Quincy Grass

One eternal morning of childhood, the sun begins
to sift haze above the Mississippi River

before trees grab the lowering light. Not far away,
in a small subdivision full of muddy lots waiting

for houses and supplying children with the dirt clod
that will, tomorrow, bust open one boy’s eyelid, a little girl,

the youngest of three children –the fragile, coddled one—
hunches in her pilled pink polyester nightgown over a small

fur-lined nest of baby rabbits at the bottom of the hill
behind her home. They look like the bottoms of her father’s

Sunday naptime toes, nestled tight: absurd toes
with closed eyes,  greasy transparent ears, tiny feet.

She gently strokes the back of each one. It is quiet.
Suddenly she is afraid. There is a stand of trees

behind her, shading where she squats in wet grass,
and beyond that, a long brick house holding her mother

vacuuming, or wiping from the kitchen table the dab
of milk beneath her cereal spoon, or looking out

the kitchen window above the sink, wondering where
Rachel has run off to. There she is. The girl pads barefoot,

panting openmouthed up the hill, through the sliding glass
door of the walkout basement, up carpeted stairs

into the dining room. “Mommy! There are baby bunnies!
They are pink!” Her mother folds the wet cloth lengthwise

three times and drapes it over the long silver faucet.  She insists
Rachel wear slippers. Together they walk across green lawn

around the trees. When she sees the rabbits tucked so helplessly,
obviously, into a burrow of grass in the middle of the yard,

she tells Rachel, “Don’t touch them, honey, so their mother
will come back.” And Rachel knows then that she has killed them.

She doesn’t tell her mother as they walk hand in hand
through the house’s shadow, back up the hill that is only large

because she is so small.  Later that afternoon, when she sneaks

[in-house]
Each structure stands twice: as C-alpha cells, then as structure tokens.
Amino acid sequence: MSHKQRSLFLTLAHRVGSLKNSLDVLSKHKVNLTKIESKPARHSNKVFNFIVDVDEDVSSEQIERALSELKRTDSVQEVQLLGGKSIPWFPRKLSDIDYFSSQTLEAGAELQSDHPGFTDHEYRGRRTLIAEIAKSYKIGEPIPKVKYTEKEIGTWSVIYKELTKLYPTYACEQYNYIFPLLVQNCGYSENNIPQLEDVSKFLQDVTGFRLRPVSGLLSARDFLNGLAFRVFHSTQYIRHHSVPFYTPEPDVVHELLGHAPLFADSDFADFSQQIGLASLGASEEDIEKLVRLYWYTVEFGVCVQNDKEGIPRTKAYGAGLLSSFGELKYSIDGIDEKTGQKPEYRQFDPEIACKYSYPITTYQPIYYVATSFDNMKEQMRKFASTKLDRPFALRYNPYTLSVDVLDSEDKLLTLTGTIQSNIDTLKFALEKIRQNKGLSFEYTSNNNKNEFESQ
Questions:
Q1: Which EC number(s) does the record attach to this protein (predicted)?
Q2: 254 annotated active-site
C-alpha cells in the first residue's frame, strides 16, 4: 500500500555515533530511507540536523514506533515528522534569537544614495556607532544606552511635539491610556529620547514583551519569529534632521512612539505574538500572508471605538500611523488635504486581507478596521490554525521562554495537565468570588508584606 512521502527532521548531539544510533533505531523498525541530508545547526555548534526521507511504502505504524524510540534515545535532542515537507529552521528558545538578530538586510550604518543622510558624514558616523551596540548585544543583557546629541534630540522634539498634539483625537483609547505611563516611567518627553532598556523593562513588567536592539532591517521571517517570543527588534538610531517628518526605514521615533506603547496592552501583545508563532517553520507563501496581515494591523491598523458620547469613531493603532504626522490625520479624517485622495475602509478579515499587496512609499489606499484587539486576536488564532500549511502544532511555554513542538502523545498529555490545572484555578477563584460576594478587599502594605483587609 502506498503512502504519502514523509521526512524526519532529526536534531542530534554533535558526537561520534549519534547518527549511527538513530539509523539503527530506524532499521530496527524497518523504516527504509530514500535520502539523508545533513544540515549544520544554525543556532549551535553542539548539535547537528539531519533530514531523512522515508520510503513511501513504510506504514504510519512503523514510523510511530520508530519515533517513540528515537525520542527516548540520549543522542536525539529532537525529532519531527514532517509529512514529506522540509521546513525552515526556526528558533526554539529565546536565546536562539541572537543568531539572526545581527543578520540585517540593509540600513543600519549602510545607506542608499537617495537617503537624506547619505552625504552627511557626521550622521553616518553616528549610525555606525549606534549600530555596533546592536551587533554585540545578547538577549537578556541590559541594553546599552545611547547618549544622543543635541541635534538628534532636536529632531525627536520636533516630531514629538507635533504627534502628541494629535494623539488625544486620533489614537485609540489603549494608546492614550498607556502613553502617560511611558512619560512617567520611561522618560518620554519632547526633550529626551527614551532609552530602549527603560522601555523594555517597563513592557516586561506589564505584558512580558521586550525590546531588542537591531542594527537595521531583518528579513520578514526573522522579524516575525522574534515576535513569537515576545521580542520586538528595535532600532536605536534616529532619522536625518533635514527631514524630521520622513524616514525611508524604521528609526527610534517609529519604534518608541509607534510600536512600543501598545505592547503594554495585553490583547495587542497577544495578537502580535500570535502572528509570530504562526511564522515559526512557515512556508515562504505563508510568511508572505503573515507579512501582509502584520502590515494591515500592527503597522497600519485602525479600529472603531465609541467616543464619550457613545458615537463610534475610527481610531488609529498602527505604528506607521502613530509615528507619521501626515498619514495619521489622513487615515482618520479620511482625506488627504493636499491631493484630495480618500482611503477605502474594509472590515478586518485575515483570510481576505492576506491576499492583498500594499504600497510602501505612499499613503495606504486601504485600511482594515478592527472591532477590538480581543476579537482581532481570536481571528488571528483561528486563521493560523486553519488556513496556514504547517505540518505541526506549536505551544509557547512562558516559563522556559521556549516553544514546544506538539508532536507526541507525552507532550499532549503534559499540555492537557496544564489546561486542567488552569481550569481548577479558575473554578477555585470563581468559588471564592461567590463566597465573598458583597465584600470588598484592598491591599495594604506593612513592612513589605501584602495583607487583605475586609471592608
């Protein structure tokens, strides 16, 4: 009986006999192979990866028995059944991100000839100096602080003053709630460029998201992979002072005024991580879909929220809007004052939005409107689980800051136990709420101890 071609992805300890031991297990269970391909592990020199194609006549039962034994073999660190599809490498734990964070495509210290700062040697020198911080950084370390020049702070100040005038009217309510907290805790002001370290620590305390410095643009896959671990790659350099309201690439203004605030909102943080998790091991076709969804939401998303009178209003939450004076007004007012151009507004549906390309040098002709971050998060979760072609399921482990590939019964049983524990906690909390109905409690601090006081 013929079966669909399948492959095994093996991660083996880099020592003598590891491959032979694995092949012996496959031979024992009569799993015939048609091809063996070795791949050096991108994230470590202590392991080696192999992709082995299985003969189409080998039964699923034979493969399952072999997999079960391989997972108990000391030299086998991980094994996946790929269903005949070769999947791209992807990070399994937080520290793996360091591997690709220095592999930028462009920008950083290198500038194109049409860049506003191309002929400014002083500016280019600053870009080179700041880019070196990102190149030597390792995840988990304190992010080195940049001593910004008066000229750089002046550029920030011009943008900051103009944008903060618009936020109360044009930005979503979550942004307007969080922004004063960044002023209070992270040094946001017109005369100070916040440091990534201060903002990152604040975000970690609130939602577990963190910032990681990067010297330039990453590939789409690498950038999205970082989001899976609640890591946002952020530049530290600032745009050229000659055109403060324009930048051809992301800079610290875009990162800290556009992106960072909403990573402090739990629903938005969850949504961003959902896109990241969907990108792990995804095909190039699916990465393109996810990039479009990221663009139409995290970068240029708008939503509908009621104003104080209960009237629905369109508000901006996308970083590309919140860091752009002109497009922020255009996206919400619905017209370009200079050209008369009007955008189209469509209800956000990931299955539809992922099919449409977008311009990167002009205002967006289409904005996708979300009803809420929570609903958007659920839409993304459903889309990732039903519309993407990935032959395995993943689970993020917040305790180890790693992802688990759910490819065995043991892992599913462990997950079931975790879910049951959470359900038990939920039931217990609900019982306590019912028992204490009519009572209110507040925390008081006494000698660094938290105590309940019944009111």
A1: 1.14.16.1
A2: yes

out on bare tip toe to look at them once more, the nest is empty.

Her brow creases. She peers across the taller grasses beyond the edge
of lawn, but can’t see down deep. She studies the roots of the trees.

They are nowhere. Twenty nine years later, three days
after Rachel’s little sister dies of cancer, and before she is lowered

into a water-filled grave, her mother drives away.  The mud
is carpeted with two long rectangles of perfect sod.  Driving

past the old house with her three children, Rachel sees the hill
is only a gentle slope, though it once went down forever.

3 October 2010

One eternal morning of childhood, the sun begins
to sift the haze above the Mississippi River,

before the trees grab the lowering  light. Not far away,
in a small subdivision full of muddy lots waiting

for houses and supplying children with the dirt clod
that will, tomorrow, bust open one boy’s eyelid, a little girl,

the youngest of three children and the sickly, pampered pet,
hunches in her pilled pink polyester nightgown over a small

fur-lined nest of baby rabbits at the bottom of the hill
behind her home. They look like the bottoms of her father’s

Sunday naptime toes, nestled tight: absurd toes
with closed eyes,  greasy transparent ears, tiny feet.

She gently strokes the back of each one.
Suddenly she is afraid. There is a stand of trees

behind her, shading where she squats in the wet grass,
and beyond that, a long brick house holding her mother

vacuuming, or wiping the kitchen table of the dab
of milk her discarded cereal spoon left, or looking out

the kitchen window above the sink, wondering where
Rachel has run off to. There she is. The girl pads barefoot,

panting openmouthed up the hill, through the sliding glass
door of the walkout basement, up the carpeted stairs

into the dining room. “Mommy! There are baby bunnies!
They are pink!” Her mother folds the wet cloth lengthwise

three times and drapes it over the long silver faucet.  She insists
Rachel wear slippers. Together they walk out on the green lawn

around the trees. When she sees the rabbits tucked so helplessly,
obviously, into the burrow of grass in the middle of the lawn,

she tells Rachel, “Don’t touch them, honey, so their mother
will come back.” And Rachel knows then that she has killed them.

Aching, she doesn’t tell her mother as they walk hand in hand
through the house’s shadow, back up the hill that is only large

because she is so small.  Later that afternoon, when she sneaks
out on tip toes to look at them once more, the nest is empty.

Twenty nine years later, three days after her younger sister dies
of cancer and is buried in a water-logged grave carpeted

with two long rectangles of perfect sod, she will see that the hill
was only a gentle slope, though it once went down forever.

3 Oct. 2010

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